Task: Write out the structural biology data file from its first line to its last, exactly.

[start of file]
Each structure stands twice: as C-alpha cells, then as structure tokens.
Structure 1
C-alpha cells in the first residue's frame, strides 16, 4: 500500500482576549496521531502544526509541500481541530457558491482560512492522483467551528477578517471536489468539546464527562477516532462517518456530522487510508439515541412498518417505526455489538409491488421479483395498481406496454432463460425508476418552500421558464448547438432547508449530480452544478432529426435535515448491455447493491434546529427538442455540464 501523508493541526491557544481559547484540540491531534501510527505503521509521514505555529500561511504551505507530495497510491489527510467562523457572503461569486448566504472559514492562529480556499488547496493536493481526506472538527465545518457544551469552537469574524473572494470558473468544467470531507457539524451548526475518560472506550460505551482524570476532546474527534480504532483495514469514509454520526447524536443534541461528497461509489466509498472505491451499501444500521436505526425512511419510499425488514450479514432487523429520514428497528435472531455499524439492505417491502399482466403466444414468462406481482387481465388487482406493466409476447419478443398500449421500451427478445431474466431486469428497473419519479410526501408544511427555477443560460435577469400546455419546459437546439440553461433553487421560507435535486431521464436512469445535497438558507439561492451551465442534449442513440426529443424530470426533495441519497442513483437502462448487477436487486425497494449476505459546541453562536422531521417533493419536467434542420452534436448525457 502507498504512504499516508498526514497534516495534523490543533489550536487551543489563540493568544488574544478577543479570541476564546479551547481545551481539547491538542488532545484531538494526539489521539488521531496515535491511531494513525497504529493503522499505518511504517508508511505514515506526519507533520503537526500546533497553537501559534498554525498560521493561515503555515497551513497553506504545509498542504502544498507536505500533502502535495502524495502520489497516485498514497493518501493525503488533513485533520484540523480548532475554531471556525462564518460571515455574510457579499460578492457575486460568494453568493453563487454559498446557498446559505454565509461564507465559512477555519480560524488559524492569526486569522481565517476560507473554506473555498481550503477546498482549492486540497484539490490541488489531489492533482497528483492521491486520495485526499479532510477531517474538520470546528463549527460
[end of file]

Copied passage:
Each structure stands twice: as C-alpha cells, then as structure tokens.
Structure 1
C-alpha cells in the first residue's frame, strides 16, 4: 500500500482576549496521531502544526509541500481541530457558491482560512492522483467551528477578517471536489468539546464527562477516532462517518456530522487510508439515541412498518417505526455489538409491488421479483395498481406496454432463460425508476418552500421558464448547438432547508449530480452544478432529426435535515448491455447493491434546529427538442455540464 501523508493541526491557544481559547484540540491531534501510527505503521509521514505555529500561511504551505507530495497510491489527510467562523457572503461569486448566504472559514492562529480556499488547496493536493481526506472538527465545518457544551469552537469574524473572494470558473468544467470531507457539524451548526475518560472506550460505551482524570476532546474527534480504532483495514469514509454520526447524536443534541461528497461509489466509498472505491451499501444500521436505526425512511419510499425488514450479514432487523429520514428497528435472531455499524439492505417491502399482466403466444414468462406481482387481465388487482406493466409476447419478443398500449421500451427478445431474466431486469428497473419519479410526501408544511427555477443560460435577469400546455419546459437546439440553461433553487421560507435535486431521464436512469445535497438558507439561492451551465442534449442513440426529443424530470426533495441519497442513483437502462448487477436487486425497494449476505459546541453562536422531521417533493419536467434542420452534436448525457 502507498504512504499516508498526514497534516495534523490543533489550536487551543489563540493568544488574544478577543479570541476564546479551547481545551481539547491538542488532545484531538494526539489521539488521531496515535491511531494513525497504529493503522499505518511504517508508511505514515506526519507533520503537526500546533497553537501559534498554525498560521493561515503555515497551513497553506504545509498542504502544498507536505500533502502535495502524495502520489497516485498514497493518501493525503488533513485533520484540523480548532475554531471556525462564518460571515455574510457579499460578492457575486460568494453568493453563487454559498446557498446559505454565509461564507465559512477555519480560524488559524492569526486569522481565517476560507473554506473555498481550503477546498482549492486540497484539490490541488489531489492533482497528483492521491486520495485526499479532510477531517474538520470546528463549527460